landfill, there were eighteen scrapers, two graders and a
bulldozer being operated. The earth-moving company also had
two men who constantly checked the elevations to make sure
each layer was constructed properly. There were also
mechanics who would maintain all the equipment. The
employees of the earthmoving company worked twelve hours a
day, seven days per week. A soil expert hired by the state
checked the quality of the clay being used. Who knows how
many people worked on this project whom I never saw?
The project lasted for months. As the project neared its
end, one of the earth-moving workers asked me how I thought
they were doing. I looked and saw that the top layer of clay
was beautifully smooth and so well compacted that as I
walked across it, I hardly left a footprint. I told him,
“You men have done such a nice job that it will be a shame
to dump trash here.”
Everyone working on the project had to do his job to ensure
the safety of the landfill. From the director of the
construction project (whose favourite saying was, “Trash is
cash!”), down to me and the two college kids who used
screwdrivers to remove stones out of the clay and hauled the
stones away in five-gallon buckets, we all had our part to
do. Every worker was supervised to ensure no mistakes were
I must admit that there were times as I hiked along on the
bottom of the landfill, slogging through the dirt, carrying
two armfuls of surveying equipment and pounding in stakes,
that I wondered whether this investment of work and money
was worth it. After all, how much longer would this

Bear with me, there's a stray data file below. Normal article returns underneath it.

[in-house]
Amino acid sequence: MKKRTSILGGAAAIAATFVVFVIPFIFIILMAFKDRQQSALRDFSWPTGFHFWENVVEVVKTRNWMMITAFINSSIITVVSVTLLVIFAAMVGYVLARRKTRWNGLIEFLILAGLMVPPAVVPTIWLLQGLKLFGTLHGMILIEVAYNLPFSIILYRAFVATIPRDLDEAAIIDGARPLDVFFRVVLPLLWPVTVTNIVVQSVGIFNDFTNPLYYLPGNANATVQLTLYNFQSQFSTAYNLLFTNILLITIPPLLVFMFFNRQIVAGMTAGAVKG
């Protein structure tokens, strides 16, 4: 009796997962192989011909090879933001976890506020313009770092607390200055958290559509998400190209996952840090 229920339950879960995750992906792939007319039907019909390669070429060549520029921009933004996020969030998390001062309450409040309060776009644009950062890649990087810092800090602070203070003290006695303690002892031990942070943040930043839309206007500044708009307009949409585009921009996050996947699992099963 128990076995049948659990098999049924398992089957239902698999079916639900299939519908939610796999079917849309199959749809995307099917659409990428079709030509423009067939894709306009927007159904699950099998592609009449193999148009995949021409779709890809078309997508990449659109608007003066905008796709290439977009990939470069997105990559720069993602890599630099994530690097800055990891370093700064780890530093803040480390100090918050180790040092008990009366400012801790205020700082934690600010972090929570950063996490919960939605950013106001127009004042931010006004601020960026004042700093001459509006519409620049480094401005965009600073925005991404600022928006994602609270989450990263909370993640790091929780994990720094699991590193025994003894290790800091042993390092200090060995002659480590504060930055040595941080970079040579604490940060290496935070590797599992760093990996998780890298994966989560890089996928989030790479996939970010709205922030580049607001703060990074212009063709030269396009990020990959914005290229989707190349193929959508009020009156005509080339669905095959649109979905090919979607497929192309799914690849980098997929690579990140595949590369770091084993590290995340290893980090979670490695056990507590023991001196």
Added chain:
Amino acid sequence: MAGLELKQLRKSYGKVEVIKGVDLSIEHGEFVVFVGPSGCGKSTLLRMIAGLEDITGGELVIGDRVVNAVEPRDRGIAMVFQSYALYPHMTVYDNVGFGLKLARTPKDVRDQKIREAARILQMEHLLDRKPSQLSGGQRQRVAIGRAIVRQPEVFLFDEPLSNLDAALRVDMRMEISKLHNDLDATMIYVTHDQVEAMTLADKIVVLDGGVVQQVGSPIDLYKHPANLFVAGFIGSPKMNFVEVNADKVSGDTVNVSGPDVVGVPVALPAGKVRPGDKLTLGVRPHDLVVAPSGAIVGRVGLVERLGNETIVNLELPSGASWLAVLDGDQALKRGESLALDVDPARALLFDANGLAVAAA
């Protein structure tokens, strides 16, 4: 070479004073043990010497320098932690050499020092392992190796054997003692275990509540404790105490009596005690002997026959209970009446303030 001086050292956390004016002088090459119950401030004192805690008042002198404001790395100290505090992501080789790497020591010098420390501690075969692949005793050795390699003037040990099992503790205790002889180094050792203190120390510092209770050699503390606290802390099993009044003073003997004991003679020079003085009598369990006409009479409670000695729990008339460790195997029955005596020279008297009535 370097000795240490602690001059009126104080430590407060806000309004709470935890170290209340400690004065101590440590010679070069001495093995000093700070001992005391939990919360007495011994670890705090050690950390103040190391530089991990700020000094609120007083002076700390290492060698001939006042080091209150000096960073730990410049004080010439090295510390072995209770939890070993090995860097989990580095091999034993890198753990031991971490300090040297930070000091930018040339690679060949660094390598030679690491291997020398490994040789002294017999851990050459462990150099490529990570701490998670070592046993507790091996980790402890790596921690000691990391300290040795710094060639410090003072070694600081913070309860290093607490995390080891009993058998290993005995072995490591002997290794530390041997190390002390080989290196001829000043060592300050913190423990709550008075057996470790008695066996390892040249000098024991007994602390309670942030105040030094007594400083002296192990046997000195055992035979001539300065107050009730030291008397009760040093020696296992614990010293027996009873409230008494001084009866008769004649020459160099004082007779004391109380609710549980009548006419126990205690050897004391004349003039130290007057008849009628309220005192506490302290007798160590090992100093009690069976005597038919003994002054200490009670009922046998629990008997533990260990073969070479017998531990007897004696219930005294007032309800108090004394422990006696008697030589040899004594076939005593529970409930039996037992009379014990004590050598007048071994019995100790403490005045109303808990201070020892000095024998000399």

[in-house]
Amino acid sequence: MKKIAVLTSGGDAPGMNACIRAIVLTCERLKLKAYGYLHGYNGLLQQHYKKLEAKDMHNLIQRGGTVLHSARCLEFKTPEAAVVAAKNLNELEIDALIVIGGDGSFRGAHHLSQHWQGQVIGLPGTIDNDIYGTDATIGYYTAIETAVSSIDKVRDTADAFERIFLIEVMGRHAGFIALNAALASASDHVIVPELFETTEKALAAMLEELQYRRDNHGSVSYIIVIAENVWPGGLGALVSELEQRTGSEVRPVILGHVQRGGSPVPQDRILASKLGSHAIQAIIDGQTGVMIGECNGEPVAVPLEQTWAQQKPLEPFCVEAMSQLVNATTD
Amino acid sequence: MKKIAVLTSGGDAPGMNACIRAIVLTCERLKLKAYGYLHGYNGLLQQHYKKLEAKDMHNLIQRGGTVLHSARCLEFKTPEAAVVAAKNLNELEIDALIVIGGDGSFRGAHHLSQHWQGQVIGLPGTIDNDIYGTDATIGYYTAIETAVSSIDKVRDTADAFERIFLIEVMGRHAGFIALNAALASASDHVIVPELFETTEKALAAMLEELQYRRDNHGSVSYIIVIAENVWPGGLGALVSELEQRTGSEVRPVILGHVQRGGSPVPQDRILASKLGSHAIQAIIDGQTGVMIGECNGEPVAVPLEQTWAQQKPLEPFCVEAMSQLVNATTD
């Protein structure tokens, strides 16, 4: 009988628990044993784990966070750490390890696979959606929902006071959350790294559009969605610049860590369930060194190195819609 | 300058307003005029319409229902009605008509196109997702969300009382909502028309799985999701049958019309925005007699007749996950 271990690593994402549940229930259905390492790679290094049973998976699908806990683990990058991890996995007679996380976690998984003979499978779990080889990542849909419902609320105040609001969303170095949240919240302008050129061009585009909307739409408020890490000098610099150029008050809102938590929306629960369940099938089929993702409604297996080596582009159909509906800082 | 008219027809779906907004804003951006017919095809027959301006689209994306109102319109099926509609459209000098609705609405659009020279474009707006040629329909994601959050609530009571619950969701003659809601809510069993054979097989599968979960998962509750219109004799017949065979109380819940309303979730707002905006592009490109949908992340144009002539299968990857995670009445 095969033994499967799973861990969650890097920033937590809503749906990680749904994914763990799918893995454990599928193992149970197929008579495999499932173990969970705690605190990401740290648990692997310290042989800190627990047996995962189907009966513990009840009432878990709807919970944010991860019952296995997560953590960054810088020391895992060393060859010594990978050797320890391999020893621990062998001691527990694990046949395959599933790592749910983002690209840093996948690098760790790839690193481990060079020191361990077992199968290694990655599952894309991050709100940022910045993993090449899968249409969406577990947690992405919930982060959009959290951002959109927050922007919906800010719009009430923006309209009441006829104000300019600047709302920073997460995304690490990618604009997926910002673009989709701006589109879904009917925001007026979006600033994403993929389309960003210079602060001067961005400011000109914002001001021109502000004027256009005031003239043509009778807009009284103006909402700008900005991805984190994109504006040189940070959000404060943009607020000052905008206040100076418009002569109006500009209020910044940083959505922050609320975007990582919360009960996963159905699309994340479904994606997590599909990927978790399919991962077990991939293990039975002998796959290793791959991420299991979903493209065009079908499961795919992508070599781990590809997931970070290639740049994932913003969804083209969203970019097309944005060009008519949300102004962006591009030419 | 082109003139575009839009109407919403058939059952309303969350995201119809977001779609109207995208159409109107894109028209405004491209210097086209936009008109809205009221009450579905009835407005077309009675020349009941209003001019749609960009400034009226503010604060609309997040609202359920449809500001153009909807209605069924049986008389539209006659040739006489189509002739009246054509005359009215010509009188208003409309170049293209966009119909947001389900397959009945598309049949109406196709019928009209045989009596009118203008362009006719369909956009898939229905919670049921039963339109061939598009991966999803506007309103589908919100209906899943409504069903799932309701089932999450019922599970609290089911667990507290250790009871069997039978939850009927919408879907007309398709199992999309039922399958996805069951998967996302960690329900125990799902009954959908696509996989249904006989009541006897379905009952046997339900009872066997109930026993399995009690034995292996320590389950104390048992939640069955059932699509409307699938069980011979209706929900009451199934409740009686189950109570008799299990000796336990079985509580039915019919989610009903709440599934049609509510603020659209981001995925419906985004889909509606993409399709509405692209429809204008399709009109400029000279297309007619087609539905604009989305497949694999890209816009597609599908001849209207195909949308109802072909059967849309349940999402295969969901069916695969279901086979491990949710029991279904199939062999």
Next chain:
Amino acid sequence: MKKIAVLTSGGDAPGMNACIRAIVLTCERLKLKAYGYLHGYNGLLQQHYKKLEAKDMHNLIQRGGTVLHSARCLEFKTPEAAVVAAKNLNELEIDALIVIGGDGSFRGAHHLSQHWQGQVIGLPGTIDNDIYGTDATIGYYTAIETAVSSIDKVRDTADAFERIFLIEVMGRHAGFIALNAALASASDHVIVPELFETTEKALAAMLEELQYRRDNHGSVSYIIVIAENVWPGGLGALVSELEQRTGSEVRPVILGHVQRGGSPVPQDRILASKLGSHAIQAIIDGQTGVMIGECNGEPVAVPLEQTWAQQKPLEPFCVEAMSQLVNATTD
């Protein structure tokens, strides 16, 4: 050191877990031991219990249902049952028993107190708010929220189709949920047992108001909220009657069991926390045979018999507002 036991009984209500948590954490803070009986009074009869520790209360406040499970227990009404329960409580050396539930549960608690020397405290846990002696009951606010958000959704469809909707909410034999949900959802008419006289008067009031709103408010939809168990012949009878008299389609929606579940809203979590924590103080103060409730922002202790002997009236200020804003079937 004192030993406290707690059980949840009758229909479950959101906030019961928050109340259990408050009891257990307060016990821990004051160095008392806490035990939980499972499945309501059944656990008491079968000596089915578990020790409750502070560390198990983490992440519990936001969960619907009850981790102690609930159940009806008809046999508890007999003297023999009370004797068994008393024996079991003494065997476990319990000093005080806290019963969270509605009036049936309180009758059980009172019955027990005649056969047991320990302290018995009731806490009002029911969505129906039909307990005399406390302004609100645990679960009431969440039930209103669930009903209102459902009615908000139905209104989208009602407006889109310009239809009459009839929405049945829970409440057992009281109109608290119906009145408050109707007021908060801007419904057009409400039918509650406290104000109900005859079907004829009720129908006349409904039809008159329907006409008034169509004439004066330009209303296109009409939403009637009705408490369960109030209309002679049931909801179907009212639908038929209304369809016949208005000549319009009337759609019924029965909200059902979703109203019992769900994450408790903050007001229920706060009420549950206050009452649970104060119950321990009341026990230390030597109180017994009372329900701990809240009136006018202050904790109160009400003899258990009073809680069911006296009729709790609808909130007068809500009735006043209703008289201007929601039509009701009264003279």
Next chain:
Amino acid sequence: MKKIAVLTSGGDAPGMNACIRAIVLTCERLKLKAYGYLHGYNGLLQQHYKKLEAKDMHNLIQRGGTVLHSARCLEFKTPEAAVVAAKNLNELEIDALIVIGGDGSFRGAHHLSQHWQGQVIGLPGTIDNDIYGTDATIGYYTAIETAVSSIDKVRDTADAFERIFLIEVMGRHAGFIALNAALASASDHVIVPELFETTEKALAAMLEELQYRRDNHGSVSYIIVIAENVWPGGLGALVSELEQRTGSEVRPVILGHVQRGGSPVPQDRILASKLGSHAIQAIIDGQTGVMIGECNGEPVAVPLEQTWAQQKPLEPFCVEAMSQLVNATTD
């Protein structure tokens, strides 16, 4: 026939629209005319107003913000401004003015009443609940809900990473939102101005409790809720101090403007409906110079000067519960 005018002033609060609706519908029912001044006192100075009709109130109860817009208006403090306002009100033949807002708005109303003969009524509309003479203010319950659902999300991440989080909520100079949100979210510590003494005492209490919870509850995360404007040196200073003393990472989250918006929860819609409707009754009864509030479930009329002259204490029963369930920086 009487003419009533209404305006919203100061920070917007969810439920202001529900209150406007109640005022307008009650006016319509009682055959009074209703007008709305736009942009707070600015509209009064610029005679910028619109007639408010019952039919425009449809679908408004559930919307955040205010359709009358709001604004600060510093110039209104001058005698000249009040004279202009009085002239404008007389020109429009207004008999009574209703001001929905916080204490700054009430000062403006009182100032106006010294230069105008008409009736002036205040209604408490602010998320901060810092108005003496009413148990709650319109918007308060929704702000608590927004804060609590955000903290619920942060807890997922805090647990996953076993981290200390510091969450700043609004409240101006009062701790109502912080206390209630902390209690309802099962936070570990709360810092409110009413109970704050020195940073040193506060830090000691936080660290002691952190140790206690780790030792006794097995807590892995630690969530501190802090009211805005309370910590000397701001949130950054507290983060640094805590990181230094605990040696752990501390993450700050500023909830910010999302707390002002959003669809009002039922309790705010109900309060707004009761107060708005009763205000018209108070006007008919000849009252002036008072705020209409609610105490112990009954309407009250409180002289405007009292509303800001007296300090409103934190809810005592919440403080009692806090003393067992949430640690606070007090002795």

environment need to be protected? The day is coming when God
will clean this whole mess with purifying fire. Yet, there
is a huge expenditure of work and money to protect our
What is the condition of our homes’ barriers against the
world’s spiritual leachate? Much of the entertainment which
the world has to offer has an odour resembling the active
part of the landfill. How is family life portrayed? Are
parents honoured as a source of godly wisdom and advice
concerning life’s questions? Do friends warn each other
about the perils of walking in a way contrary to God’s law
or are friends merely partners in adultery? How does the
world’s drama smell to God?
The world has many avenues by which its leachate can seep
into covenant homes. Television offers channels by the
score. Through DVDs, we can see Hollywood’s productions in
the privacy of our own homes. The internet has its
presentations which are only a mouse click away.
We need the barrier of God’s Word to keep the world’s sludge
out of our homes. God designed the way of obedience to
preserve us from worldly living. We must constantly survey
our home life to check the condition of our barriers against
the world. We need to be vigilant in constructing a wall of
truth around our homes. We must all do our part, for what
leaches into one home will seep into another.
World flight is not the answer. Antithetical living is. Walk
worthy of your calling in Jesus Christ! Our homes must be a
reflection of the beautiful city of Zion. Do not allow the
world to dump its trash here. Keep the barriers secure!